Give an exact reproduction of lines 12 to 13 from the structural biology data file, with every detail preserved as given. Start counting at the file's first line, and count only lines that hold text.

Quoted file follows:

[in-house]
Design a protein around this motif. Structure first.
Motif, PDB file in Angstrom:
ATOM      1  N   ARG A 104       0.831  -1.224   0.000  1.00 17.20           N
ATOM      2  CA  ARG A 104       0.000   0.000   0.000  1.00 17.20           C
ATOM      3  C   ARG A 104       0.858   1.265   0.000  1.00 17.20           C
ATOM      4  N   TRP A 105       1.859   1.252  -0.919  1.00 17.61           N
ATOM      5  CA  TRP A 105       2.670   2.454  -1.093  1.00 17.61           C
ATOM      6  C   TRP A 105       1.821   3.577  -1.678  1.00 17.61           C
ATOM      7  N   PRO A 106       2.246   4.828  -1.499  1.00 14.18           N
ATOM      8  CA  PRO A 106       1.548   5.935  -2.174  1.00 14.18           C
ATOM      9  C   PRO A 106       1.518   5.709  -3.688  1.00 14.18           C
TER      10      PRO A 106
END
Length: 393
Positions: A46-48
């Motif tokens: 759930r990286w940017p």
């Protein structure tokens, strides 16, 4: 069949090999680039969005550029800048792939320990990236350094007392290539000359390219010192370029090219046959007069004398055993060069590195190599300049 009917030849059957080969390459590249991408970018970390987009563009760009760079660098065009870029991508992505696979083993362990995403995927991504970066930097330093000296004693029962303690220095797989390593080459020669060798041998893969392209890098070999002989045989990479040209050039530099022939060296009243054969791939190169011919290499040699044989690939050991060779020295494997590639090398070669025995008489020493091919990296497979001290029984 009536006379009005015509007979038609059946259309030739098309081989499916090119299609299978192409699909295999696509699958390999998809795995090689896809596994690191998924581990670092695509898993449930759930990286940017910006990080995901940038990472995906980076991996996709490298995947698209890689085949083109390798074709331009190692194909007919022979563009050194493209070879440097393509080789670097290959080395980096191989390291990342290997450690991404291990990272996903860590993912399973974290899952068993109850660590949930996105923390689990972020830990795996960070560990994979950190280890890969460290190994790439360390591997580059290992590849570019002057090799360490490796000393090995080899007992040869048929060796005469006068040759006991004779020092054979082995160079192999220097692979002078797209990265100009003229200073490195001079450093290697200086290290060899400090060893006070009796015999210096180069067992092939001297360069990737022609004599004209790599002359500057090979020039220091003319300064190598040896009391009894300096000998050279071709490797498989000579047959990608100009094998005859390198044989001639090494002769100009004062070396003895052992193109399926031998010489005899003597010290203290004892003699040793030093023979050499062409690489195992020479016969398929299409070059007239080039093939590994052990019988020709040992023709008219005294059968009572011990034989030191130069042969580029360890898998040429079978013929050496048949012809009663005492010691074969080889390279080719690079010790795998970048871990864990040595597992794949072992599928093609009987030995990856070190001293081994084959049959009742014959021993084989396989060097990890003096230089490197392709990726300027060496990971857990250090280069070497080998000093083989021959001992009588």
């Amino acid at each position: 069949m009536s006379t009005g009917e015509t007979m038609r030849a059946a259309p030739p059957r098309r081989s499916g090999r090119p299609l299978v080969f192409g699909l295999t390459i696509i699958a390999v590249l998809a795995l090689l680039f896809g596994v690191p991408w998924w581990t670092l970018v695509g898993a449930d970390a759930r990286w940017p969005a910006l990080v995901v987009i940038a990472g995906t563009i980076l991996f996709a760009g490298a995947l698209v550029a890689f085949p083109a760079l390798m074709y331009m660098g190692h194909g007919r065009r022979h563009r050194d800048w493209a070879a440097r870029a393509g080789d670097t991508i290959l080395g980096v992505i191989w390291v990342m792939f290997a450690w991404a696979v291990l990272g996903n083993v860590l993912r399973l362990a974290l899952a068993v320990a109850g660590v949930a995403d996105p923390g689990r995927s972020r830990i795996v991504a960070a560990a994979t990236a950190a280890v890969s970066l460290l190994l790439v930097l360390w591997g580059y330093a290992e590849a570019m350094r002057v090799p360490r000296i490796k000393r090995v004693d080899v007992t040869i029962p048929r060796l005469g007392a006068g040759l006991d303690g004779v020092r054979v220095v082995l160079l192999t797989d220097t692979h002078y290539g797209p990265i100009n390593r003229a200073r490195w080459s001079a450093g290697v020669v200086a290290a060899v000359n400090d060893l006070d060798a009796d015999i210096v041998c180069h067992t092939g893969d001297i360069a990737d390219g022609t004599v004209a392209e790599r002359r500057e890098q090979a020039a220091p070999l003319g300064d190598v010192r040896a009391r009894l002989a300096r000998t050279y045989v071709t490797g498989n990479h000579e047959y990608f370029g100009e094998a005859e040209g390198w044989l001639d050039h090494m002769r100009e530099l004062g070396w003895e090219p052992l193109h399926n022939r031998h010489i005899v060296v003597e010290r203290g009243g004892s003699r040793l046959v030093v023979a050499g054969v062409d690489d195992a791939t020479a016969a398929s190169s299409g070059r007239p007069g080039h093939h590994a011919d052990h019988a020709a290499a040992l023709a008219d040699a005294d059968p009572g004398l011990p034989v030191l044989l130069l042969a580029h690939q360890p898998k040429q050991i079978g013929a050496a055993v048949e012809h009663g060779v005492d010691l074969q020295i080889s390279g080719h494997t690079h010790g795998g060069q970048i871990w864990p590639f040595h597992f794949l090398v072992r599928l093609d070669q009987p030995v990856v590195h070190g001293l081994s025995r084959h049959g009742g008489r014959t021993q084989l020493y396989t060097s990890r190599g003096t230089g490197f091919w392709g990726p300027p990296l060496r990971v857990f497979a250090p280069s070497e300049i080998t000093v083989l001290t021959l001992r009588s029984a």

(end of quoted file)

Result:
ATOM      9  C   PRO A 106       1.518   5.709  -3.688  1.00 14.18           C
TER      10      PRO A 106